Getting Personal: Yoshi Hayasaki
Getting Personal is an email Q&A with a local personality. Here, a chat with legendary coach Yoshi Hayasaki of Champaign, now the owner and coach at Hayasaki Gymnastics Center.
What time do you typically get up? What do you do the first hour of the morning?
I get up at 6:45 a.m., take a shower, have a cup of coffee, read the paper and watch the morning news before I take my daughter to Franklin Middle School.
What did you have for lunch today? Where? With whom?
I went to Panera and met my wife, Lisa, and we had lunch together.
Best high school memory?
I went out for my first date at a high school prom in Seattle. I don't remember her name.
Tell me about your favorite pair of shoes.
My favorite red shoes I bought in Europe; many of my friends made fun of me for wearing them.
What does a perfect Sunday afternoon include?
Being able to play nine holes of golf with my daughter, Mia, in sunny, 75-degree weather.
Was there one book you read as a child that you still cherish? Own? Read?
It is called "Strawberry Fields," about a young Japanese boy who came to America and worked in southern California, picking strawberries to make his living. It's written in Japanese. It has a lesson about overcoming hardships and persevering as a young person in new land.
Where on Earth are you dying to go? Why?
I have traveled many parts of the world with my gymnastics profession, performing and coaching, but because of the busy competition schedule, I did not get to see much of the countries I visited. Therefore, I would like to revisit these countries and travel around the world with my wife.
Tell me about your favorite pet.
Frankie is our dachshund and almost 10 years old. All I can say is that our kids love this dog, but I am the one who takes care of him. That was not the agreement before we got him.
Have you discovered as you matured that you are becoming like one of your parents? Which one and how?
I think I am becoming more like my mother in some ways. My mother constantly worried about her children's well-being and safety, especially when they were away from home. I am beginning to think like that, too. I have one in California, one in North Carolina and one in the U.K.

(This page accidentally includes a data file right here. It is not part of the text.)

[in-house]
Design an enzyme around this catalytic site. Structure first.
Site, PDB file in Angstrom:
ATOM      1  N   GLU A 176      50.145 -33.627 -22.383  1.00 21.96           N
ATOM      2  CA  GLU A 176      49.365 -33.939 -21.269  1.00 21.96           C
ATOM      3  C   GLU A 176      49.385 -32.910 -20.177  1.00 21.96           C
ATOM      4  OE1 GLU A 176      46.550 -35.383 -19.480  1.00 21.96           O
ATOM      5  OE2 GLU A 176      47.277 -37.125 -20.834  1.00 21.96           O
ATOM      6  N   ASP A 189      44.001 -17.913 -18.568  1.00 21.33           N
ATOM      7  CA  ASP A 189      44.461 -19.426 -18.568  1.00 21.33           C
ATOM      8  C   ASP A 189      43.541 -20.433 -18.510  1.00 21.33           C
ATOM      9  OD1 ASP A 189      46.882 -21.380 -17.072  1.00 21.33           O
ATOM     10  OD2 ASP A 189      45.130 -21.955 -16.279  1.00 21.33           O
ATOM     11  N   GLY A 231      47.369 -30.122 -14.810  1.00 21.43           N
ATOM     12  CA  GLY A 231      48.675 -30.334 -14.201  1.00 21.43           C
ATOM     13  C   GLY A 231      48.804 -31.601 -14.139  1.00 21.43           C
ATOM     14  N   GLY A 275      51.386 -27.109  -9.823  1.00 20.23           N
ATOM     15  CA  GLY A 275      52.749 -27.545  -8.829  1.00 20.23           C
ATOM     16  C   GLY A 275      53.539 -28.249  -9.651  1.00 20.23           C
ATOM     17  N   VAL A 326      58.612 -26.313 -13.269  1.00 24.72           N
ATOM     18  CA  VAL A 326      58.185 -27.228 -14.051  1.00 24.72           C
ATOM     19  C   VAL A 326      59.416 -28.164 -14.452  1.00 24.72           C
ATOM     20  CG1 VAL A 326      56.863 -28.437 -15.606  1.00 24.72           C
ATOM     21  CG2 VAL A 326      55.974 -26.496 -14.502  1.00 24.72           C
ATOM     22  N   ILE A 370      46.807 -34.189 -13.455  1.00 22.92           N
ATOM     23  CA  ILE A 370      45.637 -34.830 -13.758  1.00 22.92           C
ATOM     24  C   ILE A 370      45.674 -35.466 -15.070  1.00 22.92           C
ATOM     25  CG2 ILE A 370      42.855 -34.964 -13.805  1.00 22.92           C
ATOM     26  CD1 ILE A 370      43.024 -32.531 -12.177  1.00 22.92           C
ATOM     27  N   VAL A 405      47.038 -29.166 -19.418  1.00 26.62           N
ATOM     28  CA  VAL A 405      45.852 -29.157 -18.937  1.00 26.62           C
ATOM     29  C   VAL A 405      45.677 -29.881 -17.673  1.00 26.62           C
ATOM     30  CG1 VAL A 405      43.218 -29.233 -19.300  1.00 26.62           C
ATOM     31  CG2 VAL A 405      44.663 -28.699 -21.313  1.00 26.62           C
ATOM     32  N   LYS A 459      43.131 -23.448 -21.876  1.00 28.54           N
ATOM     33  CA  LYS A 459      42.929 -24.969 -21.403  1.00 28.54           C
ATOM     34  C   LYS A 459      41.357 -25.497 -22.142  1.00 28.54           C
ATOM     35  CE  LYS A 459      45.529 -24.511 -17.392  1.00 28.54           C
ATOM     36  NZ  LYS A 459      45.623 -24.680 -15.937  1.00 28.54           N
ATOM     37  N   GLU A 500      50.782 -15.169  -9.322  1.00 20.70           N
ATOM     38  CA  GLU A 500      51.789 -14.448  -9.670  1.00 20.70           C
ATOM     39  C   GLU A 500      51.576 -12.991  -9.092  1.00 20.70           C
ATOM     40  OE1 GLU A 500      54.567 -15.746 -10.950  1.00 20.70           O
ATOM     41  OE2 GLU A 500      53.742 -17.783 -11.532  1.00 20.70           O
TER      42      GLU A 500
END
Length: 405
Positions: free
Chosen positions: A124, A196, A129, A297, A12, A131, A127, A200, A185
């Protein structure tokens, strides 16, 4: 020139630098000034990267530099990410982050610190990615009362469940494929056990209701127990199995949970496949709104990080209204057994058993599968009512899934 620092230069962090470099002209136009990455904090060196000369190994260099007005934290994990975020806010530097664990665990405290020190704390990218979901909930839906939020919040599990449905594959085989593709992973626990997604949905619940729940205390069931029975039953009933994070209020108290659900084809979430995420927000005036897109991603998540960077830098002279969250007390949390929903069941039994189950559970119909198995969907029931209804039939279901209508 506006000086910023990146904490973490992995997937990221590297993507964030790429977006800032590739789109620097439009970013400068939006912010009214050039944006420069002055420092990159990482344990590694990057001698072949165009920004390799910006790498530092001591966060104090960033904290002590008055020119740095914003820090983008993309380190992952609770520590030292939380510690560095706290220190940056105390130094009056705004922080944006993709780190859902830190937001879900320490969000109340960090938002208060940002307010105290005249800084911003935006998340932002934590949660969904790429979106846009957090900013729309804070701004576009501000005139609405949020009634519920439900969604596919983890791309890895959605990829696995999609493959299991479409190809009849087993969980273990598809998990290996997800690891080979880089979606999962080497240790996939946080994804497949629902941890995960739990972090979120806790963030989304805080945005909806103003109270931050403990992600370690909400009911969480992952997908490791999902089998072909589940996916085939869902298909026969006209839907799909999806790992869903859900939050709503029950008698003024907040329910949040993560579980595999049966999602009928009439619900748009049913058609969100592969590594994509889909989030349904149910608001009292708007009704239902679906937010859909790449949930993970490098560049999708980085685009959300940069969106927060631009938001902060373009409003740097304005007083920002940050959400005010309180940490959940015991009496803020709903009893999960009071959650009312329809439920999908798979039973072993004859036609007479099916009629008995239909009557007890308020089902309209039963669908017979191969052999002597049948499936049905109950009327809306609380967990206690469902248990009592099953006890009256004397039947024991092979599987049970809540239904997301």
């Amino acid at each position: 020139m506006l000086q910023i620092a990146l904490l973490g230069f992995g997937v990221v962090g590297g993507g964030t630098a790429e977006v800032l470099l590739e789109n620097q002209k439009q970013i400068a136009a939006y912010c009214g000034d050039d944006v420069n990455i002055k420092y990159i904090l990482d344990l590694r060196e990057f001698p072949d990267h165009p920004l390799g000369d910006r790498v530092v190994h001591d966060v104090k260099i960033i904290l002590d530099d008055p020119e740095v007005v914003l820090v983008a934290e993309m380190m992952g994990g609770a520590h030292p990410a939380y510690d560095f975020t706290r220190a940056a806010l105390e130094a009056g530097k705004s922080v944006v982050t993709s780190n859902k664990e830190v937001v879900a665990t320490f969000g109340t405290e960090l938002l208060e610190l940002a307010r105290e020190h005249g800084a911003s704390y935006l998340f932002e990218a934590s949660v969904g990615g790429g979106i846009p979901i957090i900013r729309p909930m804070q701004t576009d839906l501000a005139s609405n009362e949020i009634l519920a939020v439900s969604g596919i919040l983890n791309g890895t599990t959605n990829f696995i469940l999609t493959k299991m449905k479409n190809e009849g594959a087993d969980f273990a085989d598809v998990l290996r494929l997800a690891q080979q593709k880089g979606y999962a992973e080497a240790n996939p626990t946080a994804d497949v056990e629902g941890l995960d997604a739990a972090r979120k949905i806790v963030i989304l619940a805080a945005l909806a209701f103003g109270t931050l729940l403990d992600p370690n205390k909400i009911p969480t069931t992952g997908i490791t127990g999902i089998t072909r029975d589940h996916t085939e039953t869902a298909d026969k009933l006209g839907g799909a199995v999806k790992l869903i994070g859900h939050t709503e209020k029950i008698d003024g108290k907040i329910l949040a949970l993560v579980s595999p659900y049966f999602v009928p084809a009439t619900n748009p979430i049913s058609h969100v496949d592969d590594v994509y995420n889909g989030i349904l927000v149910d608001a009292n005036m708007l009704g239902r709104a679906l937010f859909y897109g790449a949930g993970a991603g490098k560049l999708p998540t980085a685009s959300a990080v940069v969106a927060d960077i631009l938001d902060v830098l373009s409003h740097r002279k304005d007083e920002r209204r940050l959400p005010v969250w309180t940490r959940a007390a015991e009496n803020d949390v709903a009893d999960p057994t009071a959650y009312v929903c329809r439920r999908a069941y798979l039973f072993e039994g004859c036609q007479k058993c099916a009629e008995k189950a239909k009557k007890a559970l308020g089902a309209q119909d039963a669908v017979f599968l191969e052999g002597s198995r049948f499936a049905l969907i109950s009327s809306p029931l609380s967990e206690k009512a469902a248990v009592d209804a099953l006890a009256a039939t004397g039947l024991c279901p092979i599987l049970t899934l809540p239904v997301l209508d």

What would you order for your last meal?
What can you NOT live without?
Who do you have on your iPod?
I don't own an iPod, but I love many oldies from '60s, '70s and '80s music, including Elvis Presley. I have been known to sing at weddings.
What's the happiest memory of your life?
When I finally arrived in America after two weeks on a cargo ship from Yokoyama, Japan, to Longview, Wash., in 1965.
Do you have a bad habit? What is it?
I cannot stop working. I eat too many doughnuts and drink too much coffee in the morning.
If you could host a dinner party with any three living people in the world, whom would you invite?
My two sisters and a brother who live in Japan.
What's the best advice you've ever been given?
"Be productive and become a productive citizen." And "When you start a project, complete it well." Words from my father.
What's your best piece of advice?
I've told many people "Gumba." It means "Go for it" in English.
What was your first job, and how much did you make an hour?
I worked as a grocery store assistant, moving frozen food from a freezer. I can not remember how much I made, but I was happy to buy food for myself with the money I earned.
What was a pivotal decision in your career, and how did you arrive at that decision?
My pivotal decision came when I returned to work from my retirement. I decided to open Hayasaki Gymnastics Center a few months ago. I arrived at this decision because I felt I can continue to contribute my knowledge and experience I gained from coaching at the University of Illinois. Now, I am helping young kids who may benefit and value from this athletic experience.
How do you handle a stressful situation?
Try to break down the problem and simplify the situation. Go back to the basics and reflect in a peaceful environment like in a Jacuzzi with beautiful night stars.